On January 25, 2006, the United States Department of The Interior added the locomotive and tender SP&S 700 to the National Register of Historic Places. The National Register is the official list of the Nation's historic places worthy of preservation. Established in the National Historic Preservation Act of 1966, the National Register includes districts, sites, buildings, structures, and objects that are significant in American history, architecture, archeology, engineering, and culture.
The SP&S 700 is a robust survivor of a time when railroads dominated inter-state transportation, and steam locomotives dominated rail power. It typifies large steam locomotives as they were at the end of the era of steam-powered mainline railroading. Its appearance and function are virtually unchanged since its manufacture. Its public appearances today, with all the speed, size, noise, heat, smoke and steam of old, are dramatic presentations of the 'way things were' in the mid-20th Century.
The SP&S 700 was listed because it is a working example of the peak of proven steam and rail technology at it was at the end of 'The Age of Steam'. The 700, unmodified during its service from 1938 to 1956, is restored, maintained, and operated as it was originally. It represents the state of the art of practical design, manufacture, and operation when 'steam was king' on the Nation's rails. The 700 is also recognized for its part in linking the Portland area to the rest of the Nation.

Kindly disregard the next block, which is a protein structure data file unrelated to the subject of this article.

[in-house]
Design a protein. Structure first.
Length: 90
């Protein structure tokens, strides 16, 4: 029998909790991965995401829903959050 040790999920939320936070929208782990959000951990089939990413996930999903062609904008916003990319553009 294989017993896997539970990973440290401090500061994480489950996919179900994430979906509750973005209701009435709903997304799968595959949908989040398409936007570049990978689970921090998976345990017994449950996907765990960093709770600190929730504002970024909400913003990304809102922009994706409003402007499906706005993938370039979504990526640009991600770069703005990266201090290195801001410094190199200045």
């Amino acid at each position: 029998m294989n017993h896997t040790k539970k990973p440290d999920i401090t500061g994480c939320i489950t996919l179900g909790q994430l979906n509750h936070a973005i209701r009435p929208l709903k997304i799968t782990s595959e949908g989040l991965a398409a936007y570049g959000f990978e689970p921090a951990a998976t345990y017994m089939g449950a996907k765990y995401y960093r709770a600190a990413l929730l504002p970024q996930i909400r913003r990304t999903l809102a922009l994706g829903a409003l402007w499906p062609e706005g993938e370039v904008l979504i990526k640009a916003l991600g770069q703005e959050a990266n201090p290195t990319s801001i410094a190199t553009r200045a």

The 700, is a 4-8-4 'Northern' built by Baldwin in 1938 and steamed in mainline service until 1956. Owned by the City of Portland, she was restored after thirty years in the weather in Oaks Park by the volunteers of the Pacific Railroad Preservation Association (PRPA). The PRPA today maintains and operates this grand old lady of the rails.
Over 110 feet long and almost 17 feet tall, the 700 pulled passenger trains at over 60 mph between Portland and Spokane. Fueled, watered, and steamed up, the 700 weighs 440 tons. It is the third largest and second most powerful steam locomotive operating today (in the world.)
Is it just like it used to be?
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